and the 1995 UNIDROIT Convention on Stolen or Illegally Exported Cultural Objects

http://www.unidroit.org/instruments/cultural-property/1995-Convention  

The Museum of Islamic Art does not provide valuations, appraisals, or condition reports for private collections. Collectors may not bring their individual objects or collections to MIA.

Collectors may request advice from MIA Library or other appropriate staff in researching and caring for the objects in their care, at the museum’s discretion.

MIA does not provide conservation services to the public.

Background

Salam Al Hajiry wanted to create wood carvings and designs based on traditional Islamic designs. He wanted to think about making contemporary items like bowling pins, snooker cues and wooden flower vase decorated with traditional Islamic designs. It was important to Salam that the designs related to the history of Islamic art and showed designs from several different periods.

Using the Library and collection to find inspiration

Salam Al Hajiry visited the MIA Library for several months to research his topic of interest. He used over 13 books in the library to complete his research. Some of these books include:
Ivory : 8th to 17th centuries : treasures from the Museum of Islamic Art, Qatar by Rosser-Owen, Mariam. Call number NK5895 .R67 2004
Metalwork treasures from the Islamic courts by Allan, James W. Call number NK6473 .A45 2002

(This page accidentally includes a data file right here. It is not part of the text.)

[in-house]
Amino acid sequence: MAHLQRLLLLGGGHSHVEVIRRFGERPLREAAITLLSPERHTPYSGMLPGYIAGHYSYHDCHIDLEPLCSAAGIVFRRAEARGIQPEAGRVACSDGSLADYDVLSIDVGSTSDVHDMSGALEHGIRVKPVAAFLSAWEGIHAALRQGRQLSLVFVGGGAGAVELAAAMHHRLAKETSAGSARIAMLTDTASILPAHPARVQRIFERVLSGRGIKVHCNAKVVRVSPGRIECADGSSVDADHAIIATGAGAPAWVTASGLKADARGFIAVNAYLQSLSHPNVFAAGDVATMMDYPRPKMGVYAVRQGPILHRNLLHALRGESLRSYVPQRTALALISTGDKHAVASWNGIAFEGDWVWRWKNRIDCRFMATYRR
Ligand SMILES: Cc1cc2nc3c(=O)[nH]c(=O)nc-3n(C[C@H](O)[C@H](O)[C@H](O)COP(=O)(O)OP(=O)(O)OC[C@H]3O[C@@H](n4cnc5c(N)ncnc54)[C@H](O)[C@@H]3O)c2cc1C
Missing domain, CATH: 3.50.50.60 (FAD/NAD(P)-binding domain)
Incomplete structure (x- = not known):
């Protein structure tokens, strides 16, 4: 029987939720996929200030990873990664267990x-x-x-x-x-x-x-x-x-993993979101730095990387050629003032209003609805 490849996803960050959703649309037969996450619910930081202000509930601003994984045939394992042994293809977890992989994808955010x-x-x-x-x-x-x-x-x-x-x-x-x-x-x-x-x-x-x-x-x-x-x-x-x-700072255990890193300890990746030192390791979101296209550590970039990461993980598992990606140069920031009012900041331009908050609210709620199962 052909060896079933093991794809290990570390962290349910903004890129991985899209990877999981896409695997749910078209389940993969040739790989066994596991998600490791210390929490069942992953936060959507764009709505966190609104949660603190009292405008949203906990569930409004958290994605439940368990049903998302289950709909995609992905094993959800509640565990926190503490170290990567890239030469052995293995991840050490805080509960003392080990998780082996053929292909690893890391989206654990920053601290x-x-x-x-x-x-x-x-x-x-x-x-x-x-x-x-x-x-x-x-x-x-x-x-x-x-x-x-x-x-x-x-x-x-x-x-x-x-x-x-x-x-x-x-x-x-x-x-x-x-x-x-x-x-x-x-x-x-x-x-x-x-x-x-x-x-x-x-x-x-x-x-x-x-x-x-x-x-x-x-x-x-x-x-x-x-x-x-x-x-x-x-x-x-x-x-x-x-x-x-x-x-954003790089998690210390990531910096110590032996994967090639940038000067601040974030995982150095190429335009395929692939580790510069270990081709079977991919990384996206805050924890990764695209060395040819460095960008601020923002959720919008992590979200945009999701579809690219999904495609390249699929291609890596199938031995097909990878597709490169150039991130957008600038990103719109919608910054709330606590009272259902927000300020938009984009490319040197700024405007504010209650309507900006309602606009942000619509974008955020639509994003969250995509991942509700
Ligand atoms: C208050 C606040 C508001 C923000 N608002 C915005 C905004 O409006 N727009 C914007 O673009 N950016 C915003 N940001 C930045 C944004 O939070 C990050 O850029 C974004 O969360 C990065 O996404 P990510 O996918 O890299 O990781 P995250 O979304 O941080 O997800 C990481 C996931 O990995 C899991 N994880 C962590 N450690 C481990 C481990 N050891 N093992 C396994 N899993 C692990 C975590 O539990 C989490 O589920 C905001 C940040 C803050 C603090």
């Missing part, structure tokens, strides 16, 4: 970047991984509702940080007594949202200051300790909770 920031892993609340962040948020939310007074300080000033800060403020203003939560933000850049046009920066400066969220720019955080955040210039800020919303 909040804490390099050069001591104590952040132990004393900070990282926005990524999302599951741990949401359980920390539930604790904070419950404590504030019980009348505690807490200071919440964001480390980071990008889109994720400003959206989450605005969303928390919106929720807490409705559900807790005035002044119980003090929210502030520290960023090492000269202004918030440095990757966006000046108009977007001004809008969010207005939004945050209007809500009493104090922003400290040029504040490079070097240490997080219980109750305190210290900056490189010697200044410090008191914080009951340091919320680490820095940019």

كنوز الإسلام : روائع الفن في العالم الإسلامي / تأليف برنار أوكان ؛ ترجمة نورما نابلسي.‫‫أوكان، برنار.‬ NK720 .K86 2009
Jewelled treasures : from the Mughal courts by Qatar Museums Authority. Call number NK7376.Q2 2002

Creating designs

Salam came to the museum and library to do research into Islamic Art Design. He made photocopies of the images in the books on Islamic Art. He then created the design as a sketch and then as a computerised template using AutoCAD. He then selected the type of wood to be used which in this case was teak.

The Finished product

He then began carving the final object from his design - it took over a year and a half to complete the wooden flower vase. It is over one metre in size. At the moment the vase has only been display in his home but he has taught several workshops in wood carving and had lots of good press coverage including an spot on Qatar TV and in several newspapers. He is now working on more designs for objects such as: bowling pins, pool sticks and trophies.